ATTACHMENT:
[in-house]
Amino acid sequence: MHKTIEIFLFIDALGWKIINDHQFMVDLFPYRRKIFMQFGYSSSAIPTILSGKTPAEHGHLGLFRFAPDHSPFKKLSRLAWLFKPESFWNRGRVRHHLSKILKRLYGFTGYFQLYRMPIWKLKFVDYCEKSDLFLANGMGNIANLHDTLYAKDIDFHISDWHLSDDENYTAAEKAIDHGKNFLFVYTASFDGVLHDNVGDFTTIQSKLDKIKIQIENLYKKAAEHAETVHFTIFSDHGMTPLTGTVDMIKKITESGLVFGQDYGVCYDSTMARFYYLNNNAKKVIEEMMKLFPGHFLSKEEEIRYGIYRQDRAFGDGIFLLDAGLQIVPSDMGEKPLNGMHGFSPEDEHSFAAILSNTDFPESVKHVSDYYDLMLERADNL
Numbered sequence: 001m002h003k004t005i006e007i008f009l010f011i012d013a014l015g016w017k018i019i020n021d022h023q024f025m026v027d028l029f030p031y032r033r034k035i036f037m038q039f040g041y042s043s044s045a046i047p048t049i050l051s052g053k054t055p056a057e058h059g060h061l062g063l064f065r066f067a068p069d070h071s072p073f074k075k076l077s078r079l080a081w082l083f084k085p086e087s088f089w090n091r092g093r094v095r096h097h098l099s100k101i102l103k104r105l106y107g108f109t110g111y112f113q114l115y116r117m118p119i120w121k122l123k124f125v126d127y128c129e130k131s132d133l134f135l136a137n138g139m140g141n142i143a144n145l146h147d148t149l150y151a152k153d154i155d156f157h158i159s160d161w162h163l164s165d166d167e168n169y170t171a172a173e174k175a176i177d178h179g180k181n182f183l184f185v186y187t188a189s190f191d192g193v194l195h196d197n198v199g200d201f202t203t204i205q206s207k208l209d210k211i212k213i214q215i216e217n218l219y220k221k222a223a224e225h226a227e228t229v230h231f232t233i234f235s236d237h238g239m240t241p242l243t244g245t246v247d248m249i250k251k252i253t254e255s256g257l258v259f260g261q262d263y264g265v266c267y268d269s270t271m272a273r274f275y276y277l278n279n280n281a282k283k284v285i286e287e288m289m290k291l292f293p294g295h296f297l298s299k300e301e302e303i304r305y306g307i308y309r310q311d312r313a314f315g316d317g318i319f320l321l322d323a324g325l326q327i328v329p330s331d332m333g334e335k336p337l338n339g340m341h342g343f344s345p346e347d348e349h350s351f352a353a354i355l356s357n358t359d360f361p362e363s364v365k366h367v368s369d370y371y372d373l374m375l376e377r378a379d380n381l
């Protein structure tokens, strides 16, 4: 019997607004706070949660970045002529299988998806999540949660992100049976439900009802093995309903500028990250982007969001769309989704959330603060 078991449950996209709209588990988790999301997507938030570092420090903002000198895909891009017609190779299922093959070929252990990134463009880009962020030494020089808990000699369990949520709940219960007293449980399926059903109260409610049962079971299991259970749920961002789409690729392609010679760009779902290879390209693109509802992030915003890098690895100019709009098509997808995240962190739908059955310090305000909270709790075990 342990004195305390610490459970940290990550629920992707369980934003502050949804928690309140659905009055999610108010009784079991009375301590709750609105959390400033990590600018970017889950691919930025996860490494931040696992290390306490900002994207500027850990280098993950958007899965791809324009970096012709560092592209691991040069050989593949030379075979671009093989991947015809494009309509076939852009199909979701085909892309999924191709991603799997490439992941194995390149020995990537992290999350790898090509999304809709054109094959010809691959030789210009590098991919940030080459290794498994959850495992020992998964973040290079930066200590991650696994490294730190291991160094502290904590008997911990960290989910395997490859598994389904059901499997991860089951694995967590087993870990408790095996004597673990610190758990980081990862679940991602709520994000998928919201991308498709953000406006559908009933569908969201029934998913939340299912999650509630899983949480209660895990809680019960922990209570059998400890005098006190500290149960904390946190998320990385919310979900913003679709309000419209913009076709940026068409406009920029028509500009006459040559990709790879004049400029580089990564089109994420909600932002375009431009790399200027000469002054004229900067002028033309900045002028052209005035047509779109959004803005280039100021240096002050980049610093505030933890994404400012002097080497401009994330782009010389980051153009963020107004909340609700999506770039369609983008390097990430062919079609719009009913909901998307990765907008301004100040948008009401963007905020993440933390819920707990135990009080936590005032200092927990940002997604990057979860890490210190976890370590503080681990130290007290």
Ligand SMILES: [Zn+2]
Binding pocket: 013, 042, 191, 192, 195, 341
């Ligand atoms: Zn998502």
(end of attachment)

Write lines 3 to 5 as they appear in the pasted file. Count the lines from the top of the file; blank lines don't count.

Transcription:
Numbered sequence: 001m002h003k004t005i006e007i008f009l010f011i012d013a014l015g016w017k018i019i020n021d022h023q024f025m026v027d028l029f030p031y032r033r034k035i036f037m038q039f040g041y042s043s044s045a046i047p048t049i050l051s052g053k054t055p056a057e058h059g060h061l062g063l064f065r066f067a068p069d070h071s072p073f074k075k076l077s078r079l080a081w082l083f084k085p086e087s088f089w090n091r092g093r094v095r096h097h098l099s100k101i102l103k104r105l106y107g108f109t110g111y112f113q114l115y116r117m118p119i120w121k122l123k124f125v126d127y128c129e130k131s132d133l134f135l136a137n138g139m140g141n142i143a144n145l146h147d148t149l150y151a152k153d154i155d156f157h158i159s160d161w162h163l164s165d166d167e168n169y170t171a172a173e174k175a176i177d178h179g180k181n182f183l184f185v186y187t188a189s190f191d192g193v194l195h196d197n198v199g200d201f202t203t204i205q206s207k208l209d210k211i212k213i214q215i216e217n218l219y220k221k222a223a224e225h226a227e228t229v230h231f232t233i234f235s236d237h238g239m240t241p242l243t244g245t246v247d248m249i250k251k252i253t254e255s256g257l258v259f260g261q262d263y264g265v266c267y268d269s270t271m272a273r274f275y276y277l278n279n280n281a282k283k284v285i286e287e288m289m290k291l292f293p294g295h296f297l298s299k300e301e302e303i304r305y306g307i308y309r310q311d312r313a314f315g316d317g318i319f320l321l322d323a324g325l326q327i328v329p330s331d332m333g334e335k336p337l338n339g340m341h342g343f344s345p346e347d348e349h350s351f352a353a354i355l356s357n358t359d360f361p362e363s364v365k366h367v368s369d370y371y372d373l374m375l376e377r378a379d380n381l
């Protein structure tokens, strides 16, 4: 019997607004706070949660970045002529299988998806999540949660992100049976439900009802093995309903500028990250982007969001769309989704959330603060 078991449950996209709209588990988790999301997507938030570092420090903002000198895909891009017609190779299922093959070929252990990134463009880009962020030494020089808990000699369990949520709940219960007293449980399926059903109260409610049962079971299991259970749920961002789409690729392609010679760009779902290879390209693109509802992030915003890098690895100019709009098509997808995240962190739908059955310090305000909270709790075990 342990004195305390610490459970940290990550629920992707369980934003502050949804928690309140659905009055999610108010009784079991009375301590709750609105959390400033990590600018970017889950691919930025996860490494931040696992290390306490900002994207500027850990280098993950958007899965791809324009970096012709560092592209691991040069050989593949030379075979671009093989991947015809494009309509076939852009199909979701085909892309999924191709991603799997490439992941194995390149020995990537992290999350790898090509999304809709054109094959010809691959030789210009590098991919940030080459290794498994959850495992020992998964973040290079930066200590991650696994490294730190291991160094502290904590008997911990960290989910395997490859598994389904059901499997991860089951694995967590087993870990408790095996004597673990610190758990980081990862679940991602709520994000998928919201991308498709953000406006559908009933569908969201029934998913939340299912999650509630899983949480209660895990809680019960922990209570059998400890005098006190500290149960904390946190998320990385919310979900913003679709309000419209913009076709940026068409406009920029028509500009006459040559990709790879004049400029580089990564089109994420909600932002375009431009790399200027000469002054004229900067002028033309900045002028052209005035047509779109959004803005280039100021240096002050980049610093505030933890994404400012002097080497401009994330782009010389980051153009963020107004909340609700999506770039369609983008390097990430062919079609719009009913909901998307990765907008301004100040948008009401963007905020993440933390819920707990135990009080936590005032200092927990940002997604990057979860890490210190976890370590503080681990130290007290």
Ligand SMILES: [Zn+2]